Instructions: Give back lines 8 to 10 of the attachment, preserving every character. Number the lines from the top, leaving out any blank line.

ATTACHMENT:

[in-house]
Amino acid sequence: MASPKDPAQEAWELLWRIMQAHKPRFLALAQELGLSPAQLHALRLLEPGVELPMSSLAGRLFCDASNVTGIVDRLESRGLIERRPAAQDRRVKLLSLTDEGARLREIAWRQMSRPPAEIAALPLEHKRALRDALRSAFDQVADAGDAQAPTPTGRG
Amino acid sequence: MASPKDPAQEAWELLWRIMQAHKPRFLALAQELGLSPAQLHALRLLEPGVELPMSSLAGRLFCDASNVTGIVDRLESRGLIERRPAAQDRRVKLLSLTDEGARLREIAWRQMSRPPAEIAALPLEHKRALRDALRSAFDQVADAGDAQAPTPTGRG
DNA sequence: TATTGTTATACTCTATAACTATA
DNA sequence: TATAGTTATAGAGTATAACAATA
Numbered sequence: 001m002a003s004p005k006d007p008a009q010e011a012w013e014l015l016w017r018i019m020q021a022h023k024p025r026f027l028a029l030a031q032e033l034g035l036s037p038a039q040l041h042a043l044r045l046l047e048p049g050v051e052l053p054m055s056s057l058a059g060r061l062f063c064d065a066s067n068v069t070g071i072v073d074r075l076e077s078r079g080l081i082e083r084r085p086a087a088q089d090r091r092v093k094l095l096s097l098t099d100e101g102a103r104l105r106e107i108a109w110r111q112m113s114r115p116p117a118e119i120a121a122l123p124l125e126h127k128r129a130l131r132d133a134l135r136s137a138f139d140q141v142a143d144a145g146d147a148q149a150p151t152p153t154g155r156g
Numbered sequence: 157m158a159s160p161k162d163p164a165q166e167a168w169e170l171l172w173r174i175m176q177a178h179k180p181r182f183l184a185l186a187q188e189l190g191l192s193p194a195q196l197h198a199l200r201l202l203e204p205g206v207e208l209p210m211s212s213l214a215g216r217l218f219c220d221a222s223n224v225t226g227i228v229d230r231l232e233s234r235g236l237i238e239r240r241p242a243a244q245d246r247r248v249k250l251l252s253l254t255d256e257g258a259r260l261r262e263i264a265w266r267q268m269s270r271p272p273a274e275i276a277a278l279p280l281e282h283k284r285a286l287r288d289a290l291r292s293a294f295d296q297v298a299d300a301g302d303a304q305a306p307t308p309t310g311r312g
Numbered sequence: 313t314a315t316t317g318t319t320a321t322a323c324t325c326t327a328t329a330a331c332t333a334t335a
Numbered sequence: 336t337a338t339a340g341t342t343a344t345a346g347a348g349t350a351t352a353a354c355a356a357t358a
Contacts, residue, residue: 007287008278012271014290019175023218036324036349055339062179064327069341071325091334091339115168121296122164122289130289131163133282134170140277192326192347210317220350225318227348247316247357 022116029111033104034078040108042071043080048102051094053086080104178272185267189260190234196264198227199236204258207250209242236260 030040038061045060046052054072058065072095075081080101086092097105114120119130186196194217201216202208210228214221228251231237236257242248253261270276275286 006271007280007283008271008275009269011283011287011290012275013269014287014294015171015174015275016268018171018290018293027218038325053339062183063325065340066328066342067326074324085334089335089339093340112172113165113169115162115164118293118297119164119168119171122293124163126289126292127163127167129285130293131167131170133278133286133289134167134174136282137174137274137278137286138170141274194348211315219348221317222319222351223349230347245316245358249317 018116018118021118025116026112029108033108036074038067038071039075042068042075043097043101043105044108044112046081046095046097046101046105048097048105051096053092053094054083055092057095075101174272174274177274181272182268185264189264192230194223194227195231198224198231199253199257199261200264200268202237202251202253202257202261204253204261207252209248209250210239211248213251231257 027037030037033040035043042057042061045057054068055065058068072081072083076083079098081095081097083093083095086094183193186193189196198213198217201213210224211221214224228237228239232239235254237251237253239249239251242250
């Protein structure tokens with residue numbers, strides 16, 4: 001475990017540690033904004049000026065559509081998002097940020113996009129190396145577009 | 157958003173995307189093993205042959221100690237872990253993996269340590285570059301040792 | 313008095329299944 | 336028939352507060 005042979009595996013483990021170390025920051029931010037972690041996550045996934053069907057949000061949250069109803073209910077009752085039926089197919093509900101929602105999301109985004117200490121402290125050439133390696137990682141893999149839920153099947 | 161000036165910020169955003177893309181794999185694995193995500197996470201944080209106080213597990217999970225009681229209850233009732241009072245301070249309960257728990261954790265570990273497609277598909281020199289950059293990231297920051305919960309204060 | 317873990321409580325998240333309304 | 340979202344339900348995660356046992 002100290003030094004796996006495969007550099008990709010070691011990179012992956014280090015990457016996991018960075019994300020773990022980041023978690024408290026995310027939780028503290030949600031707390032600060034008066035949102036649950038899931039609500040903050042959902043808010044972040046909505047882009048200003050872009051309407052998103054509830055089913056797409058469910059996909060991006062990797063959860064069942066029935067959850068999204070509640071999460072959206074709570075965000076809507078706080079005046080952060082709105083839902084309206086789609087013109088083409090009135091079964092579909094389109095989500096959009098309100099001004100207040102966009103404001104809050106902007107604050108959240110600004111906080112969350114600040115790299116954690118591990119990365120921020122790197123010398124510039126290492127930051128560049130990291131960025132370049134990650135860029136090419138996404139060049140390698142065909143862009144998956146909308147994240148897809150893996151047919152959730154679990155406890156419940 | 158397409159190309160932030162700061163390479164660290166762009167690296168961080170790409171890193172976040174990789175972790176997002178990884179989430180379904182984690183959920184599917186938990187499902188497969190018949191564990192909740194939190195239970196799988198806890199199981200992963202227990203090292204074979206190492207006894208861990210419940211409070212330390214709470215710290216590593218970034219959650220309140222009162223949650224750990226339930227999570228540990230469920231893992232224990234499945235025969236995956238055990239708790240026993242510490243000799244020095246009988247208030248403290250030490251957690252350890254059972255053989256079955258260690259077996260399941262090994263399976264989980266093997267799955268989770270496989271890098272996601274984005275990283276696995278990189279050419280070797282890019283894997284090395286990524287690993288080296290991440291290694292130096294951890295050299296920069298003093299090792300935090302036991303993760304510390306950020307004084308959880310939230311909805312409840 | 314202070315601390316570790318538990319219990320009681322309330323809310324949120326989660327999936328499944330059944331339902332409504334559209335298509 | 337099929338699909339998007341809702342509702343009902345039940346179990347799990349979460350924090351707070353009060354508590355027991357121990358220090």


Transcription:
Numbered sequence: 313t314a315t316t317g318t319t320a321t322a323c324t325c326t327a328t329a330a331c332t333a334t335a
Numbered sequence: 336t337a338t339a340g341t342t343a344t345a346g347a348g349t350a351t352a353a354c355a356a357t358a
Contacts, residue, residue: 007287008278012271014290019175023218036324036349055339062179064327069341071325091334091339115168121296122164122289130289131163133282134170140277192326192347210317220350225318227348247316247357 022116029111033104034078040108042071043080048102051094053086080104178272185267189260190234196264198227199236204258207250209242236260 030040038061045060046052054072058065072095075081080101086092097105114120119130186196194217201216202208210228214221228251231237236257242248253261270276275286 006271007280007283008271008275009269011283011287011290012275013269014287014294015171015174015275016268018171018290018293027218038325053339062183063325065340066328066342067326074324085334089335089339093340112172113165113169115162115164118293118297119164119168119171122293124163126289126292127163127167129285130293131167131170133278133286133289134167134174136282137174137274137278137286138170141274194348211315219348221317222319222351223349230347245316245358249317 018116018118021118025116026112029108033108036074038067038071039075042068042075043097043101043105044108044112046081046095046097046101046105048097048105051096053092053094054083055092057095075101174272174274177274181272182268185264189264192230194223194227195231198224198231199253199257199261200264200268202237202251202253202257202261204253204261207252209248209250210239211248213251231257 027037030037033040035043042057042061045057054068055065058068072081072083076083079098081095081097083093083095086094183193186193189196198213198217201213210224211221214224228237228239232239235254237251237253239249239251242250